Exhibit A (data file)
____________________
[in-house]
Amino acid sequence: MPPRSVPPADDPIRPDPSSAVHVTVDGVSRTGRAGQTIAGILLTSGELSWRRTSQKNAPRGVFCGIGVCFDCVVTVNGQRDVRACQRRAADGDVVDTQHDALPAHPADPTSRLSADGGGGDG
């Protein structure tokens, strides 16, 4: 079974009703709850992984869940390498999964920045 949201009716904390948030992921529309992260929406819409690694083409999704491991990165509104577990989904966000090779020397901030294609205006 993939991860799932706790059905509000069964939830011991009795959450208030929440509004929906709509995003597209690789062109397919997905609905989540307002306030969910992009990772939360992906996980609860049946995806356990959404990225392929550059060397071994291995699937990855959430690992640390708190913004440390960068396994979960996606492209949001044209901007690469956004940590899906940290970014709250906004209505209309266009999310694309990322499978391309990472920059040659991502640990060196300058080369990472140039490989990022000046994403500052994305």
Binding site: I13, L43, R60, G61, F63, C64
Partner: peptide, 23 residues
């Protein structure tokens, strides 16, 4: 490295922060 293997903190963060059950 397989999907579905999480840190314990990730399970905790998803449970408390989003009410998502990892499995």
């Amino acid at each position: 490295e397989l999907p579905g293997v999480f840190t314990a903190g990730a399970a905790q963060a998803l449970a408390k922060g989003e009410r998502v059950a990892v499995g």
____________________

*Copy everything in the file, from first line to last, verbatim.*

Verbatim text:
[in-house]
Amino acid sequence: MPPRSVPPADDPIRPDPSSAVHVTVDGVSRTGRAGQTIAGILLTSGELSWRRTSQKNAPRGVFCGIGVCFDCVVTVNGQRDVRACQRRAADGDVVDTQHDALPAHPADPTSRLSADGGGGDG
């Protein structure tokens, strides 16, 4: 079974009703709850992984869940390498999964920045 949201009716904390948030992921529309992260929406819409690694083409999704491991990165509104577990989904966000090779020397901030294609205006 993939991860799932706790059905509000069964939830011991009795959450208030929440509004929906709509995003597209690789062109397919997905609905989540307002306030969910992009990772939360992906996980609860049946995806356990959404990225392929550059060397071994291995699937990855959430690992640390708190913004440390960068396994979960996606492209949001044209901007690469956004940590899906940290970014709250906004209505209309266009999310694309990322499978391309990472920059040659991502640990060196300058080369990472140039490989990022000046994403500052994305």
Binding site: I13, L43, R60, G61, F63, C64
Partner: peptide, 23 residues
């Protein structure tokens, strides 16, 4: 490295922060 293997903190963060059950 397989999907579905999480840190314990990730399970905790998803449970408390989003009410998502990892499995």
């Amino acid at each position: 490295e397989l999907p579905g293997v999480f840190t314990a903190g990730a399970a905790q963060a998803l449970a408390k922060g989003e009410r998502v059950a990892v499995g």